Converting Vertical Units in a Digital Elevation Model


Sometimes you need to convert the vertical units in a digital elevation model (DEM). And sometimes you have to do it for a whole bunch of DEMs. Not everyone has a high-end GIS package with good batch processing capability, so what can you do? Luckily there is some very good free and open source software that can help you do the job. Today we’re going to look at converting a DEM between feet and meters using GDAL.

The specific program we’re going to use is GDAL_translate. When I first read the docs for it, I didn’t think it could do what I needed. It wasn’t until I got into the code to add what I wanted that I realized it was already there. I’m writing this under the assumption that I’m not alone in missing the obvious.

What I’d missed was how to use the -scale argument. Based on the name, it certainly looks like the right thing. However, it’s written as if your goal is something like re-scaling a band to use the full scale (e.g. expand it to use 0 to 255). You have to provide the min and max for input and output. When you look in the code, you realize it is using that to compute a scale and offset, which is just what you’d need to convert. So, here’s an example of the arguments to convert from feet to meters:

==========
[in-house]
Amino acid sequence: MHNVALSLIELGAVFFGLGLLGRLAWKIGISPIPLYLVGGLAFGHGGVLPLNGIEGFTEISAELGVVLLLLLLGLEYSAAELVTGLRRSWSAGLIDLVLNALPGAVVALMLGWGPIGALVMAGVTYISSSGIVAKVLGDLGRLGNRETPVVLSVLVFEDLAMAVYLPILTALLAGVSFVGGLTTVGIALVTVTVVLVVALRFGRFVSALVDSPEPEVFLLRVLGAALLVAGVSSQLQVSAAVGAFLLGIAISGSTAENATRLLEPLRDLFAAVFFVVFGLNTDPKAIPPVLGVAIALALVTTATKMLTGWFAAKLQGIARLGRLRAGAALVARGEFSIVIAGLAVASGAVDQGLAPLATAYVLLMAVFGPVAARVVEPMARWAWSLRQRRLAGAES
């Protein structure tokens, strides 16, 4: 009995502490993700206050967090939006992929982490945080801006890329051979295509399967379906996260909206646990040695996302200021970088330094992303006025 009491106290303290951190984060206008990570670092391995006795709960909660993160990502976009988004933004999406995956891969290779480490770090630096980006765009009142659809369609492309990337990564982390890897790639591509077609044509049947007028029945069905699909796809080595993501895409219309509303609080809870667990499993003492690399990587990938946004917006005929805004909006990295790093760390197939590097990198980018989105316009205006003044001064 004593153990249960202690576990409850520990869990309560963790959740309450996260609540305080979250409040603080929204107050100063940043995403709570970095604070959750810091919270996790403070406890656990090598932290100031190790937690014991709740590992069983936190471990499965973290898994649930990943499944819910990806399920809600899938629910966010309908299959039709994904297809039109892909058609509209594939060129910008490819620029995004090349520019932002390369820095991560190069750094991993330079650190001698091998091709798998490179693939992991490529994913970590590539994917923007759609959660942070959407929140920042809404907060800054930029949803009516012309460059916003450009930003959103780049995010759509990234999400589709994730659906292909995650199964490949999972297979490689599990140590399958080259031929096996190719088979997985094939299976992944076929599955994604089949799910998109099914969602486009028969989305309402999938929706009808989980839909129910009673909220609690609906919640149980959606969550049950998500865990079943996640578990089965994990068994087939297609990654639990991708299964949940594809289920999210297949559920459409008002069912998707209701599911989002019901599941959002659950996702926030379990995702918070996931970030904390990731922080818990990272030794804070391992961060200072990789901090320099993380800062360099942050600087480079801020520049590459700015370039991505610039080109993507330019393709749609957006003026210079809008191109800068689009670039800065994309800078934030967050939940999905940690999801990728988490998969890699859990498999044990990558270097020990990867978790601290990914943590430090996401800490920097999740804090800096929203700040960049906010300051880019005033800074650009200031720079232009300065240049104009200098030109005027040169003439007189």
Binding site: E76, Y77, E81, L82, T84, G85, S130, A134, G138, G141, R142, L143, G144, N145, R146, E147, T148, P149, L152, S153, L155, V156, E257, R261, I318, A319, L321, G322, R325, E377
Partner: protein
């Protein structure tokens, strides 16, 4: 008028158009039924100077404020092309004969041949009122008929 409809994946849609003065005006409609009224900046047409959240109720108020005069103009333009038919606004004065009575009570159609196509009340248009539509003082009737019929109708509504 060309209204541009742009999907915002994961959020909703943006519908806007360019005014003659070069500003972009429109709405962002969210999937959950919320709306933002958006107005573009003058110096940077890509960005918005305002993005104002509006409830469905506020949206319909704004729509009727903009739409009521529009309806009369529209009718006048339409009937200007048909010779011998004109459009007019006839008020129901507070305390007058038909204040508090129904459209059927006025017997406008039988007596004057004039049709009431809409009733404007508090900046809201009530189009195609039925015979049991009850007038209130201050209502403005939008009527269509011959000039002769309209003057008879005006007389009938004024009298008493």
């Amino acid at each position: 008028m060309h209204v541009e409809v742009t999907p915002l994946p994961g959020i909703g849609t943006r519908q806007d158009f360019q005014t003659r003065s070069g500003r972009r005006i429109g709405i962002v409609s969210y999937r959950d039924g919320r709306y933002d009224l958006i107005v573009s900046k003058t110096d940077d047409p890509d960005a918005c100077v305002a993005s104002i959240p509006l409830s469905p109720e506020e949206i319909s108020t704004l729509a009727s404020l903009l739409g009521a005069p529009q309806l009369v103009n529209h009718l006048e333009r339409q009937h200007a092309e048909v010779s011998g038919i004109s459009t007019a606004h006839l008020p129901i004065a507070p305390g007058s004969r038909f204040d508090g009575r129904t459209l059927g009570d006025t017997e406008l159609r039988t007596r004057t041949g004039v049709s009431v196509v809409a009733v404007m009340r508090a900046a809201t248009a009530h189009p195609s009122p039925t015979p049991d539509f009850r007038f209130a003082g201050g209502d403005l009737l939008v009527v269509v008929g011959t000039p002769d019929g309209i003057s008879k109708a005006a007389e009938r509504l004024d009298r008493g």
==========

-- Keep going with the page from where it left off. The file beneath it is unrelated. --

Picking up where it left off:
gdal_translate -scale 0 1 0 0.3048 inputfeet.tif outputmeters.tif

That essentially says that 1 foot is 0.3048 meters with a zero intercept. To go from meters to feet, you just swap the scale arguments:

gdal_translate -scale 0 0.3048 0 1 inputmeters.tif outputfeet.tif

To do lots of them, you simply use you favorite shell, such as Bash, Powershell, or CMD, to loop over the files you need to do. Here’s a somewhat lazy Bash example to do all the files in a directory:

mkdir meters
for file in *.tif
do
  gdal_translate -scale 0 1 0 0.3048 $file meters/$file
done

One of the best things about GDAL and GDAL_translate is that they understand a lot of different file formats. I used a TIFF as my example, but many formats that hold floating point numbers can work too. Plus, the output format doesn’t need to be the same as the input format.

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